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Christian Counseling - Men and Father Hunger

Robert Bly is an author and speaker and has been called the secular father of the men's movement in America. He eloquently stated all men are wounded by their fathers (often because they were emotionally distant or absent) that created a hole in their son's hearts, which they attempted to fill with demons (achievement, substance abuse, power, etc.).

Numerous books, articles and the Promise Keepers movement have highlighted the need for men to grow in awareness of the father wound that leaves men vulnerable to developing a profound father hunger--the need for closeness with and guidance and affirmation from their fathers. Many I have counseled over the years initially had little recognition of the impact of their uninvolved father. Yet, in time, with self-understanding, most discovered their woundedness and father hunger. They then sought to meet that need.

God is a fairly good and certainly needed substitute for the lack of an earthly father, but that relationship lacks the physical arms and presence of a man as a role model, as well as the ability to have immediate and direct conversation. This leads men to develop relationships with other men to satisfy the hunger, especially if their fathers remain unavailable. But developing ties with other men is tricky.

All men need close male connections for many reasons, one of which is that a woman cannot help a man be a man or teach him about what it means to be masculine, only a man can do that. Despite their need for male connection, men are pulled in the opposite direction--to keep the learned distance. Part of the problem is that men feel competitive with other men and want to maintain an image that is strong, fearless and self-sufficient, all of which limits or even prevents connection and the ultimate healing that came come from those needed male relationships. It is a significant dilemma, but one that can be overcome.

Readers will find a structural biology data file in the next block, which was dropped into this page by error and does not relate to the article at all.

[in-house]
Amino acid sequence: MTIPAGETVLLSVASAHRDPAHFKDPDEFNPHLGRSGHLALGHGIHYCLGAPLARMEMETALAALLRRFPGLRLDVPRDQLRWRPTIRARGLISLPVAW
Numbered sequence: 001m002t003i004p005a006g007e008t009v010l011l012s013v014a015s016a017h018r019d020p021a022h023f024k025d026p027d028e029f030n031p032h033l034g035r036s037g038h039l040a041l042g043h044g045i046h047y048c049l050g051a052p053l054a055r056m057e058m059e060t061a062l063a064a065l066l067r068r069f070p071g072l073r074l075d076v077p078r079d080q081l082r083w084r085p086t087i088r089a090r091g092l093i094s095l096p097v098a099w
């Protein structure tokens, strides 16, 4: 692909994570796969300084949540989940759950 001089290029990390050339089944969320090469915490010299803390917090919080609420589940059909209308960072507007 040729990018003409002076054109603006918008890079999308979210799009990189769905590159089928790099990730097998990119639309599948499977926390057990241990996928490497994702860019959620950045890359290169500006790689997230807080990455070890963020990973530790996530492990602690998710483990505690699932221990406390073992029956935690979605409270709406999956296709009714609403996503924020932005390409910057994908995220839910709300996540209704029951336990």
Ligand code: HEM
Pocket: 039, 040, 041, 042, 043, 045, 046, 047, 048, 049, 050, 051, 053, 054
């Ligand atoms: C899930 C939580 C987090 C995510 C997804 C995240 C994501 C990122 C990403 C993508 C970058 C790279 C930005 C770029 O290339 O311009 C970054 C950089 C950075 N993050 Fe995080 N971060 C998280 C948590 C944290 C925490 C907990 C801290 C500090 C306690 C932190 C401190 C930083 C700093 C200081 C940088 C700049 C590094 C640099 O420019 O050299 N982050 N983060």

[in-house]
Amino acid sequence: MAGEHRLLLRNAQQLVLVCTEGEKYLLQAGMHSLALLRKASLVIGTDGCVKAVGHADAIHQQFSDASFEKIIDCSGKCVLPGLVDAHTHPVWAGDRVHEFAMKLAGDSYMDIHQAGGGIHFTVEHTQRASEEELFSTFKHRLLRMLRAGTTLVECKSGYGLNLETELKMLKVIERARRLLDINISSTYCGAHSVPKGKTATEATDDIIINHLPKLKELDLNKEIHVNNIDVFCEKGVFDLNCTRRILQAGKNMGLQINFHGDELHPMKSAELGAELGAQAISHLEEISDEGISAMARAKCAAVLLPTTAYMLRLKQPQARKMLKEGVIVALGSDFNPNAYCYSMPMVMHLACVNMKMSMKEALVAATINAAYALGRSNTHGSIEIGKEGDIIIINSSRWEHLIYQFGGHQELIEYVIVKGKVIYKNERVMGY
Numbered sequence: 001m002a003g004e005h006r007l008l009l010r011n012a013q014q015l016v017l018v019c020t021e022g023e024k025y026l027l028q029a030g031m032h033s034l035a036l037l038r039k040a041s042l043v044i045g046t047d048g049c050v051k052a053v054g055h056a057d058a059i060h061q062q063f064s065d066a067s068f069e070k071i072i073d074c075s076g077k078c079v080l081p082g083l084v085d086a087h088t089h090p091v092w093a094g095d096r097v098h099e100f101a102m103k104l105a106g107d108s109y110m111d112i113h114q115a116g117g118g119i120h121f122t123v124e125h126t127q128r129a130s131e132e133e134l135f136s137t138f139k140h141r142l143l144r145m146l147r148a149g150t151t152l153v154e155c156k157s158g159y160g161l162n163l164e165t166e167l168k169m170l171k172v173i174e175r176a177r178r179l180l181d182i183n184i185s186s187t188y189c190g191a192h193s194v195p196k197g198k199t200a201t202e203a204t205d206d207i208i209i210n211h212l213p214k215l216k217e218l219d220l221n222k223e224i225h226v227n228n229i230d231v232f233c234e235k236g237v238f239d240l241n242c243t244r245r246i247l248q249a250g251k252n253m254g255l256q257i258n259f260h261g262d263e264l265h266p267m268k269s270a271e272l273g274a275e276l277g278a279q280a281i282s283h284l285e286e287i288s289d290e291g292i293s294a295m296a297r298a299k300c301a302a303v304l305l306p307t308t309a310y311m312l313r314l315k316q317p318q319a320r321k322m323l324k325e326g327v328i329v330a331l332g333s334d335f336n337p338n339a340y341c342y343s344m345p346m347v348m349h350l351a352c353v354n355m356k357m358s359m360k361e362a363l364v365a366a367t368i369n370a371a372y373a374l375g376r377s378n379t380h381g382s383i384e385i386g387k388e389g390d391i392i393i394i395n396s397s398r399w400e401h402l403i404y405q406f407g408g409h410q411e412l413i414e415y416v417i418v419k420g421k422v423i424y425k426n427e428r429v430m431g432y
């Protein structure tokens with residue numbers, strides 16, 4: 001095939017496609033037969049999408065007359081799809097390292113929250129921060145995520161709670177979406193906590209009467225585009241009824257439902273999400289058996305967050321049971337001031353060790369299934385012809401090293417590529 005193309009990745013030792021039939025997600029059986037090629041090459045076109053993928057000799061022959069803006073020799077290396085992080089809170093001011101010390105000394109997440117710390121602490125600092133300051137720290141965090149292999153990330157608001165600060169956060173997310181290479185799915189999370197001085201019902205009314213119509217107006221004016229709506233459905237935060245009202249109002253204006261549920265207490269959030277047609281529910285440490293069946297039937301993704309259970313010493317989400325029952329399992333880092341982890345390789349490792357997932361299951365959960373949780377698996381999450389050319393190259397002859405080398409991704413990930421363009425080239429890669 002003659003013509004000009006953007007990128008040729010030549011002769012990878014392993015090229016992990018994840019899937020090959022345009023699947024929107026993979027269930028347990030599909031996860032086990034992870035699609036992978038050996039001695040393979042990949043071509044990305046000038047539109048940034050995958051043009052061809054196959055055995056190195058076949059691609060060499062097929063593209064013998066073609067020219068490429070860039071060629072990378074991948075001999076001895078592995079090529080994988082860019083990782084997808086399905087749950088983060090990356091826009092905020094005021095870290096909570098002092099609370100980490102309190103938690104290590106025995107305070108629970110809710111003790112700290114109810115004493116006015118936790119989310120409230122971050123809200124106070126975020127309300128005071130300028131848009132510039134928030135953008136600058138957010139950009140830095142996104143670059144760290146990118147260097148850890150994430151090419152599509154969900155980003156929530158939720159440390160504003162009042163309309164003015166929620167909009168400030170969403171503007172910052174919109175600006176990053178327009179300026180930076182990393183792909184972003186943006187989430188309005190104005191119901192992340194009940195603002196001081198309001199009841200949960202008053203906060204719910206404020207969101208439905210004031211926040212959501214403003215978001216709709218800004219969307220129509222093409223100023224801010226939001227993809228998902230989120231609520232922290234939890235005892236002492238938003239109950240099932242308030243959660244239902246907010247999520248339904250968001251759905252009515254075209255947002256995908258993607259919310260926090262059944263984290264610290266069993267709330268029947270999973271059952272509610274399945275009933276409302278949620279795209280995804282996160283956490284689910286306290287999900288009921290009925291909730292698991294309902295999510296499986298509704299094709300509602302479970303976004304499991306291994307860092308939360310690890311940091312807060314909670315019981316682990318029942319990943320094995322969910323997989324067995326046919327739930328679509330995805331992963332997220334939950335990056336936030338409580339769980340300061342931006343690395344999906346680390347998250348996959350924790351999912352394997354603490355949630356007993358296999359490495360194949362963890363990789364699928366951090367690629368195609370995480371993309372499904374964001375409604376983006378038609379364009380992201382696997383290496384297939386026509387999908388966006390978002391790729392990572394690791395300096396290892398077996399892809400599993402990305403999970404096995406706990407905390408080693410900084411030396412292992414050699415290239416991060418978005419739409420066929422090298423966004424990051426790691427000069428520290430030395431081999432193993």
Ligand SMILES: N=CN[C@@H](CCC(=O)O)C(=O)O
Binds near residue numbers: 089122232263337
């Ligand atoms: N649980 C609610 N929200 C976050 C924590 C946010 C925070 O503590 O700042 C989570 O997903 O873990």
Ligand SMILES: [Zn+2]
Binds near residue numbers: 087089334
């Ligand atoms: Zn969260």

What men need is a community of men where they are safe, accepted and free to express themselves in all honesty and openness. The growth in this type of men's group reaches it apex when their communication is centered exclusively on living the Christian life with one another and developing those relationships. In this vain, books, bible study topics and work tasks (which have their place, in other groups) are seriously limited or not permitted because they often lead to logical interaction and hamper personal revelation and emotional connection. This type of group is rare. It is also scary at first, until the awkwardness subsides and authenticity of relationships finds a foothold.

From personal experience, there is no church group for men that is better than this type--male to male, open communication. An experience of this kind gives clarity to what David meant and felt about Jonathan after his death in 2 Samuel 1:26, "I am distressed for you, my brother Jonathan; you have been very pleasant to me. Your love to me was more wonderful than the love of women."

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